ILNews

Panel disagrees in admitting expert testimony

Back to TopCommentsE-mailPrintBookmark and Share

The Indiana Court of Appeals ruled today that a trial court didn't err in allowing into evidence an injured woman's testimony about medical tests and the cause of her pain. The judges did disagree about whether the court erred in granting the woman's motion to strike portions of the defendant's expert medical witness's testimony.

Amanda Cave was injured in a car accident when Eric Sibbing's car slammed into the back of hers as she slowed while driving. At the time of the accident, she told responders she didn't need an ambulance, but as the days went on the pain in her foot and back became worse so she sought medical treatment. She eventually visited a chiropractor and underwent a nerve conduction study.

Cave filed her negligence suit against Sibbing, who admitted fault for the crash. The trial court granted her motion to strike portions of the testimony of Sibbing's expert medical witness, Dr. Paul Kern, who said the nerve conduction study and chiropractic care were unnecessary. The jury awarded her $71,675 for damages.

On appeal in Eric P. Sibbing v. Amanda N. Cave, No. 49A02-0802-CV-165, Sibbing challenged the decision by the trial court to admit certain testimony by Cave's witnesses and to exclude portions of Kern's testimony.

The judges, citing Coffey v. Coffey, 649 N.E.2d 1074, 1078 (Ind. Ct. App. 1995), ruled the trial court didn't appear to err in admitting Cave's testimony about what her doctor had told her about diagnostic tests and the cause of her pain. Most of the information to which Cave testified was presented to the jury through other exhibits or witnesses, wrote Judge Paul Mathias.

Chief Judge John Baker dissented from Judges Mathias and Elaine Brown's ruling that the trial court didn't abuse its discretion in granting Cave's motion to strike Kern's testimony. In his dissent, the chief judge wrote he disagreed with the majority's view that the holding in Whitaker v. Kruse, 495 N.E.2d 233 (Ind. Ct. App. 1986), precludes a defendant from calling an expert witness to render an opinion as to whether all of a plaintiff's treatments were reasonable or necessary under the circumstances.

ADVERTISEMENT

Post a comment to this story

COMMENTS POLICY
We reserve the right to remove any post that we feel is obscene, profane, vulgar, racist, sexually explicit, abusive, or hateful.
 
You are legally responsible for what you post and your anonymity is not guaranteed.
 
Posts that insult, defame, threaten, harass or abuse other readers or people mentioned in Indiana Lawyer editorial content are also subject to removal. Please respect the privacy of individuals and refrain from posting personal information.
 
No solicitations, spamming or advertisements are allowed. Readers may post links to other informational websites that are relevant to the topic at hand, but please do not link to objectionable material.
 
We may remove messages that are unrelated to the topic, encourage illegal activity, use all capital letters or are unreadable.
 

Messages that are flagged by readers as objectionable will be reviewed and may or may not be removed. Please do not flag a post simply because you disagree with it.

Sponsored by
ADVERTISEMENT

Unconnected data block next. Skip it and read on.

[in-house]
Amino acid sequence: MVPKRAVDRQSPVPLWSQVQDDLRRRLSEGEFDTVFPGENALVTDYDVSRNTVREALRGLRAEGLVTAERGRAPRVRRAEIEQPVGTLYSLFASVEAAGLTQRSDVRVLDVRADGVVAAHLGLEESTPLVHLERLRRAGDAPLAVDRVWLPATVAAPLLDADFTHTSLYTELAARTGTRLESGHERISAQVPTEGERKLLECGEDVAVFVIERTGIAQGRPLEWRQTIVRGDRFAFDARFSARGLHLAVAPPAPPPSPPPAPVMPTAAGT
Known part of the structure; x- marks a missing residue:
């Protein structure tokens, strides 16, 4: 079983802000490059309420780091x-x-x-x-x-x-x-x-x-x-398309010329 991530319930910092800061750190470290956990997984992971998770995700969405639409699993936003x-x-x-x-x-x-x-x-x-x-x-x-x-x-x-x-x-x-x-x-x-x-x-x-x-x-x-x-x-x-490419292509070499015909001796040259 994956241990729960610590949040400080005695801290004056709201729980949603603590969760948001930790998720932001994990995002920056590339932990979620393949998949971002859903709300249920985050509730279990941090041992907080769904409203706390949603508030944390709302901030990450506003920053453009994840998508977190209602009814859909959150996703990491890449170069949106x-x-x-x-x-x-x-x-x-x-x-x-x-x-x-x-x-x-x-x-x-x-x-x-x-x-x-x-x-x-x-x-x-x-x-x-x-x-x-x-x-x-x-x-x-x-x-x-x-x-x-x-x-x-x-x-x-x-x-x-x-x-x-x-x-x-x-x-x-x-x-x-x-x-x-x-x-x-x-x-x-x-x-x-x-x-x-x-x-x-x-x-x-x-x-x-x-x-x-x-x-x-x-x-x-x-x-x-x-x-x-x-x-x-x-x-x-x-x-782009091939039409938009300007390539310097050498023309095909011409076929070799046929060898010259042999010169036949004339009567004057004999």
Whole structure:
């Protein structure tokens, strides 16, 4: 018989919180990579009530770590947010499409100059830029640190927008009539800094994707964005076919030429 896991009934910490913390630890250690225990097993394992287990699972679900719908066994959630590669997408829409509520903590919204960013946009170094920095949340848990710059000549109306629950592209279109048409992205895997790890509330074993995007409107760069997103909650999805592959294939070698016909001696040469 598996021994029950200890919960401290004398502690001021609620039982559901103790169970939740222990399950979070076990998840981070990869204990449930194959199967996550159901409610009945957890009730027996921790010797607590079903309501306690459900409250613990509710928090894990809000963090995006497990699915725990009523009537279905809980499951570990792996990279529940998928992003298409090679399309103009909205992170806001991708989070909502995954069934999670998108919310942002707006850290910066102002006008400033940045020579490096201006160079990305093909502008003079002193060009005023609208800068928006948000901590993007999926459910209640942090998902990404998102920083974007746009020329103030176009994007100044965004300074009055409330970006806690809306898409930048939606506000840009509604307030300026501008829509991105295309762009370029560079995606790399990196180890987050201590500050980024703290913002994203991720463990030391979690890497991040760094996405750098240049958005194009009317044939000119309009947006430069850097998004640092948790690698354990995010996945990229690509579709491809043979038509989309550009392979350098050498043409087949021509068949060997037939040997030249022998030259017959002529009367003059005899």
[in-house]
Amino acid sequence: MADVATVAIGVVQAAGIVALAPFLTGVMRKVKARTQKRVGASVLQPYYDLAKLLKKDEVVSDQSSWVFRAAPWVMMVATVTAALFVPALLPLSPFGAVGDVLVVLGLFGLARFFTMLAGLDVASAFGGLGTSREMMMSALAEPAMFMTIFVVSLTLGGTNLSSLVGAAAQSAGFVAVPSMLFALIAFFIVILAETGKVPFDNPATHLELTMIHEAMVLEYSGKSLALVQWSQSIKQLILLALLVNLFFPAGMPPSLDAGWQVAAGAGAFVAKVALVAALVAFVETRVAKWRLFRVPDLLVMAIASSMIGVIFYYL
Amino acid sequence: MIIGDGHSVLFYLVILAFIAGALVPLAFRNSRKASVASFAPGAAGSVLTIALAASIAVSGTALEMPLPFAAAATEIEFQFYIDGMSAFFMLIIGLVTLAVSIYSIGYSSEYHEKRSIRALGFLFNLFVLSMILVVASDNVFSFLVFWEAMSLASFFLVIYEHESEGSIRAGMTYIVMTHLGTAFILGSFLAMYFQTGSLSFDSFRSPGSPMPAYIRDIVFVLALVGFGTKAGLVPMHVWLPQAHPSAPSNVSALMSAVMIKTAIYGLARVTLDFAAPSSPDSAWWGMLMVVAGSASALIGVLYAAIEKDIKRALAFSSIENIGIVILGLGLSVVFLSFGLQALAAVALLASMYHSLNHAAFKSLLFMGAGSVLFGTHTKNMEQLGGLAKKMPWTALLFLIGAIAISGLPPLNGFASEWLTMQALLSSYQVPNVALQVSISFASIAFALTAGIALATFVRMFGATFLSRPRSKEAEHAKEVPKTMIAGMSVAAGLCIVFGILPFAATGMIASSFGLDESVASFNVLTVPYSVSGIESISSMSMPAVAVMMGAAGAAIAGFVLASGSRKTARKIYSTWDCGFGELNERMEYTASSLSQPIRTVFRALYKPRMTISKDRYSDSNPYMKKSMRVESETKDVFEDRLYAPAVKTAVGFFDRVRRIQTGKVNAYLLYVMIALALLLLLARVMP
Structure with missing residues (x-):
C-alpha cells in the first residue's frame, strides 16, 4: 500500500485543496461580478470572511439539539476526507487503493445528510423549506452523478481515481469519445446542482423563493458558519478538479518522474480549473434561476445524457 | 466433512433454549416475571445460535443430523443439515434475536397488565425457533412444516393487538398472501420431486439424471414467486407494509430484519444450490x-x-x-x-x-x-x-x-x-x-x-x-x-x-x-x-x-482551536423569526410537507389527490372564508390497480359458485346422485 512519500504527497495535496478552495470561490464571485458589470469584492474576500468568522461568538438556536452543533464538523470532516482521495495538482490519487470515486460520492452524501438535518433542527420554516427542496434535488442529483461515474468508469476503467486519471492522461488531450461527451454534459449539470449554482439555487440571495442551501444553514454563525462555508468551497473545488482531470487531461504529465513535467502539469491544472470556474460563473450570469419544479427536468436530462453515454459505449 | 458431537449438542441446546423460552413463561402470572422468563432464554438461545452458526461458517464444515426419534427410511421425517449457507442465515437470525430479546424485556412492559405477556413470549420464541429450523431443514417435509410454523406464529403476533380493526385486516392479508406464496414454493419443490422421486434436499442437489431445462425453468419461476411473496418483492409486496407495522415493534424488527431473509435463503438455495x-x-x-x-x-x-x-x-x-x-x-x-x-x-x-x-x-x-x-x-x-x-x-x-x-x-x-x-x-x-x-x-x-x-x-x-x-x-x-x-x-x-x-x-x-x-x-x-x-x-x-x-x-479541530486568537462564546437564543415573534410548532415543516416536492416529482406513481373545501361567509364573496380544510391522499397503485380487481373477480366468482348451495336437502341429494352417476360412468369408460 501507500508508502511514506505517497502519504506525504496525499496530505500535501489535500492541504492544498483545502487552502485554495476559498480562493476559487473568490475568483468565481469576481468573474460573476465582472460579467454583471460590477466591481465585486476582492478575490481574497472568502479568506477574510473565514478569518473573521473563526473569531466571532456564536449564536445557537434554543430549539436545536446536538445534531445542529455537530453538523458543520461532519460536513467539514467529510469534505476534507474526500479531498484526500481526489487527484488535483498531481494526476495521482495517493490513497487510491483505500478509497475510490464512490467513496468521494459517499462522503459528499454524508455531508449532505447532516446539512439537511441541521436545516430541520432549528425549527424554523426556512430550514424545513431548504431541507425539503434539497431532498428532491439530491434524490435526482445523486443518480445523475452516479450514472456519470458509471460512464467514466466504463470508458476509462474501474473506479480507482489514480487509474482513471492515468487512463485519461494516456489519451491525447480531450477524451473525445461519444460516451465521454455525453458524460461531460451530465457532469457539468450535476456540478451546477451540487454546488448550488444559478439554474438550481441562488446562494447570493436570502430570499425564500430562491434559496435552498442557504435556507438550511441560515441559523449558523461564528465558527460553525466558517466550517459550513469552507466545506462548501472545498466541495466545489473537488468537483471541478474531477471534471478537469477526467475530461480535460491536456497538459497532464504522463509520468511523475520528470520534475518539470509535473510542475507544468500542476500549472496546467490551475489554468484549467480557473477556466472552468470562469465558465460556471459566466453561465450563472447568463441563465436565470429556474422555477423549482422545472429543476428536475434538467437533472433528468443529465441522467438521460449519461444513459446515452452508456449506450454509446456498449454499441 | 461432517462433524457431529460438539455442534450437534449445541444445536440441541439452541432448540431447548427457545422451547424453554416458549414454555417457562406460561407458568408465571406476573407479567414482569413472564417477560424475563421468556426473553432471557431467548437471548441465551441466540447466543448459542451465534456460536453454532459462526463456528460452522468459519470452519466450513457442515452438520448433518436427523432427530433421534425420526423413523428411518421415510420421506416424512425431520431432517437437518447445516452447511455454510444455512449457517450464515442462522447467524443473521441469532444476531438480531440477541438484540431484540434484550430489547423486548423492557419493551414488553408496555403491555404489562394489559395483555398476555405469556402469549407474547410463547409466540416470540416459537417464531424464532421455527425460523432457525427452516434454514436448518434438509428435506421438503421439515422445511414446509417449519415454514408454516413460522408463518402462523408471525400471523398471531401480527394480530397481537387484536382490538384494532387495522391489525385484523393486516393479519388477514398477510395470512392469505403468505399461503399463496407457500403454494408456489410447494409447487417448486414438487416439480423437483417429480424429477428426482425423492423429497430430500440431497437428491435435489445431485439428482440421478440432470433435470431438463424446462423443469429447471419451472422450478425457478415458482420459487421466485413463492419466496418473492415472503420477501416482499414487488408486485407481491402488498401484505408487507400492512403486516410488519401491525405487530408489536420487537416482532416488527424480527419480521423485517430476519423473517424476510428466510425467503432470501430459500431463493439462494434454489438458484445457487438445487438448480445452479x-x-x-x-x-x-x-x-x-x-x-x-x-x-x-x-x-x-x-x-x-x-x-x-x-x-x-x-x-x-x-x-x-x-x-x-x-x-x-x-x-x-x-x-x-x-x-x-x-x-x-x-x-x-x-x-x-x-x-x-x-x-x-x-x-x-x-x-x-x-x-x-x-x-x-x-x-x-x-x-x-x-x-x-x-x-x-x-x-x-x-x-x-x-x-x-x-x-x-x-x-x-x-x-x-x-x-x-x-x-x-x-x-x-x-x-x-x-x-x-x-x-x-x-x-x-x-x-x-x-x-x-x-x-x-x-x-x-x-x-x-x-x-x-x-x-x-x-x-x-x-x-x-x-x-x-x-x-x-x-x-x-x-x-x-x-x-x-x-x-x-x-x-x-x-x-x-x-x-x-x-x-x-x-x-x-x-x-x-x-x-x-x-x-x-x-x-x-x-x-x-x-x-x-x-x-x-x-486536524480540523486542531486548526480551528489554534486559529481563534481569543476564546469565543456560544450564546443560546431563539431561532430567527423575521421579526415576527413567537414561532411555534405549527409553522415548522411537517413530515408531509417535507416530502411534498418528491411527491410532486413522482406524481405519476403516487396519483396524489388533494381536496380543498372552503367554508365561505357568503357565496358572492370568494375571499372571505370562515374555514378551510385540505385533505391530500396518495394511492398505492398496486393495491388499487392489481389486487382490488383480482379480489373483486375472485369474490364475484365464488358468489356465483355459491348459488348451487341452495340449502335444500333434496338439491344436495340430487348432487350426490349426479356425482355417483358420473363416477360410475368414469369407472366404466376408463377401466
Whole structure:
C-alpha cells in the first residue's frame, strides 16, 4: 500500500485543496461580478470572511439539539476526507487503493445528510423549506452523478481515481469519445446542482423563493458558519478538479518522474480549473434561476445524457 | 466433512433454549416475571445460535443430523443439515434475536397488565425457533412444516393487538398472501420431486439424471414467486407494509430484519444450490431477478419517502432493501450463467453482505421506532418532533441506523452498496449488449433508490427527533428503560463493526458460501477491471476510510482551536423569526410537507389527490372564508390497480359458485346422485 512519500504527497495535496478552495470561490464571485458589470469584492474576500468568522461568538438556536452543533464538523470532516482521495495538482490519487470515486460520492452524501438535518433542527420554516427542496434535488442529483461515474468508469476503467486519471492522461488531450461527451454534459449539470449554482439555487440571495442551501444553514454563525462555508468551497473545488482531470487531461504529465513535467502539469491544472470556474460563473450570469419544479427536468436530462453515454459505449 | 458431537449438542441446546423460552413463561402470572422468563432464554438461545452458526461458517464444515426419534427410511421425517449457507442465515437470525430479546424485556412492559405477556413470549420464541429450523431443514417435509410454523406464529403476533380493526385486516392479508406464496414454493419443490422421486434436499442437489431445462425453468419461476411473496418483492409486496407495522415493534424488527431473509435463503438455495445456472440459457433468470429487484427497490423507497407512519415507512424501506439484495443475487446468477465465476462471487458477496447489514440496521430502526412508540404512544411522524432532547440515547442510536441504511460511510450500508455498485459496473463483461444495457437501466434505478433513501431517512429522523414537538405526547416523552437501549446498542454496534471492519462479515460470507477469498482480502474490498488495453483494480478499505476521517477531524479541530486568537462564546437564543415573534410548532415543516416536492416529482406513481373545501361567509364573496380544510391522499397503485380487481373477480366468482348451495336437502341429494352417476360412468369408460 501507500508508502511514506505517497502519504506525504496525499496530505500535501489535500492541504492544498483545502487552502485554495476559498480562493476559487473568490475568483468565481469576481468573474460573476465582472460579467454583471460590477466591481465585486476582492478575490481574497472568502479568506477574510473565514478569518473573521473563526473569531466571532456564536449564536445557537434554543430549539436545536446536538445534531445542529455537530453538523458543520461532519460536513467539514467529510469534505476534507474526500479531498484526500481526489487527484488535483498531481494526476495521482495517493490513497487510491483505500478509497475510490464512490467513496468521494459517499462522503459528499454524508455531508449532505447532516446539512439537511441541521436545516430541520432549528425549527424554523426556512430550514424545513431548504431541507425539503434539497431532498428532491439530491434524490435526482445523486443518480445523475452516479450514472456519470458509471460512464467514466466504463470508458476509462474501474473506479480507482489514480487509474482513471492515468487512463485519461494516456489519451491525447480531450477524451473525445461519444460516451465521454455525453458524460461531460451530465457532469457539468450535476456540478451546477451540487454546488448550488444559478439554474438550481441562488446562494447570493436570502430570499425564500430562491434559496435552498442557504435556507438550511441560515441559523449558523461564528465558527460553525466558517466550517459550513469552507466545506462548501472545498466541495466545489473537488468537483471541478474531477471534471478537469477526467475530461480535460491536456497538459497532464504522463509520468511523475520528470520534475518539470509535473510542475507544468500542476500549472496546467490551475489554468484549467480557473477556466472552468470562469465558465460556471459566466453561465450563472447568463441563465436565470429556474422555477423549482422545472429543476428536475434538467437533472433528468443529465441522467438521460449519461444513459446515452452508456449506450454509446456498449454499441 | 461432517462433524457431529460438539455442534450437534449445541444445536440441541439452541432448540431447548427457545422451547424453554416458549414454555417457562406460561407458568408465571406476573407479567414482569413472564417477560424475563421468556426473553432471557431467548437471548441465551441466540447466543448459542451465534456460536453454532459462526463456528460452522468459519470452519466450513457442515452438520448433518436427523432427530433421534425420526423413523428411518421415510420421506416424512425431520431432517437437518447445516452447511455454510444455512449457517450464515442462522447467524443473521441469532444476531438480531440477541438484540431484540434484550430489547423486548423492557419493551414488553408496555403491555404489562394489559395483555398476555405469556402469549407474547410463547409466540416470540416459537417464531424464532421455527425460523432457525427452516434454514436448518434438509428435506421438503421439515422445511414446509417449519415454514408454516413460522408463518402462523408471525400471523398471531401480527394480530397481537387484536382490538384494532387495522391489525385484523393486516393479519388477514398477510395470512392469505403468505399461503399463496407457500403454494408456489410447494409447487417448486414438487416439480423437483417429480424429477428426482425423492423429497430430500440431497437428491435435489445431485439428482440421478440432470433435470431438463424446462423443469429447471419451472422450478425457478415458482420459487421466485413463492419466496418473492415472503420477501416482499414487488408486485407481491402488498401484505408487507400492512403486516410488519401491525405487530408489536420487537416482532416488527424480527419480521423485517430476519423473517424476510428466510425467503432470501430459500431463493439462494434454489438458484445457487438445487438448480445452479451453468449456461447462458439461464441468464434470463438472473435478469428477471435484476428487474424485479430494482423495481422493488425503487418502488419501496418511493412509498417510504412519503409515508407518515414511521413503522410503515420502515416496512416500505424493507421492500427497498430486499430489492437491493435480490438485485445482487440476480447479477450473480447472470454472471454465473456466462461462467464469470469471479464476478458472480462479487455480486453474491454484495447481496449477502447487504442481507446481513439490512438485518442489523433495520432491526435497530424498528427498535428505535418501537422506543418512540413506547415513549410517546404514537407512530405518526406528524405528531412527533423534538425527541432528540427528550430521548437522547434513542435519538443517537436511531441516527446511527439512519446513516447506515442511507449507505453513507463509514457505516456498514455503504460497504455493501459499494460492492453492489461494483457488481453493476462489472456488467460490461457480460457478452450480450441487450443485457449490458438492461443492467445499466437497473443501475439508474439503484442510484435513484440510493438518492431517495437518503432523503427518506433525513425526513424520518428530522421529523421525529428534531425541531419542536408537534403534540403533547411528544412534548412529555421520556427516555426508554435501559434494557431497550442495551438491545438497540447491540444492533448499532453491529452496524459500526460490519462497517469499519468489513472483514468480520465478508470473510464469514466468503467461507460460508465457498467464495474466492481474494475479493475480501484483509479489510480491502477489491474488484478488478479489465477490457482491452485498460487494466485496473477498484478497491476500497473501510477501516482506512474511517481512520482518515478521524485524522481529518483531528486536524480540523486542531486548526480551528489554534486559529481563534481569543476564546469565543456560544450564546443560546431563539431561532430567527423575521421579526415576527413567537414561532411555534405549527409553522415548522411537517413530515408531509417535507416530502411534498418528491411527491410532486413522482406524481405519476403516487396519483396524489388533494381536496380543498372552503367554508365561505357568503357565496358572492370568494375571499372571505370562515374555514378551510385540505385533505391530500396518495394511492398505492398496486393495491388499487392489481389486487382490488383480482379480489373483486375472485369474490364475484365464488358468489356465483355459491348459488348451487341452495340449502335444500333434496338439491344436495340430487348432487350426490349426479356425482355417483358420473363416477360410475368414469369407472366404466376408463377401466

Subscribe to Indiana Lawyer
  1. Why in the world would someone need a person to correct a transcript when a realtime court reporter could provide them with a transcript (rough draft) immediately?

  2. If the end result is to simply record the spoke word, then perhaps some day digital recording may eventually be the status quo. However, it is a shallow view to believe the professional court reporter's function is to simply report the spoken word and nothing else. There are many aspects to being a professional court reporter, and many aspects involved in producing a professional and accurate transcript. A properly trained professional steno court reporter has achieved a skill set in a field where the average dropout rate in court reporting schools across the nation is 80% due to the difficulty of mastering the necessary skills. To name just a few "extras" that a court reporter with proper training brings into a courtroom or a deposition suite; an understanding of legal procedure, technology specific to the legal profession, and an understanding of what is being said by the attorneys and litigants (which makes a huge difference in the quality of the transcript). As to contracting, or anti-contracting the argument is simple. The court reporter as governed by our ethical standards is to be the independent, unbiased individual in a deposition or courtroom setting. When one has entered into a contract with any party, insurance carrier, etc., then that reporter is no longer unbiased. I have been a court reporter for over 30 years and I echo Mr. Richardson's remarks that I too am here to serve.

  3. A competitive bid process is ethical and appropriate especially when dealing with government agencies and large corporations, but an ethical line is crossed when court reporters in Pittsburgh start charging exorbitant fees on opposing counsel. This fee shifting isn't just financially biased, it undermines the entire justice system, giving advantages to those that can afford litigation the most. It makes no sense.

  4. "a ttention to detail is an asset for all lawyers." Well played, Indiana Lawyer. Well played.

  5. I have a appeals hearing for the renewal of my LPN licenses and I need an attorney, the ones I have spoke to so far want the money up front and I cant afford that. I was wondering if you could help me find one that takes payments or even a pro bono one. I live in Indiana just north of Indianapolis.

ADVERTISEMENT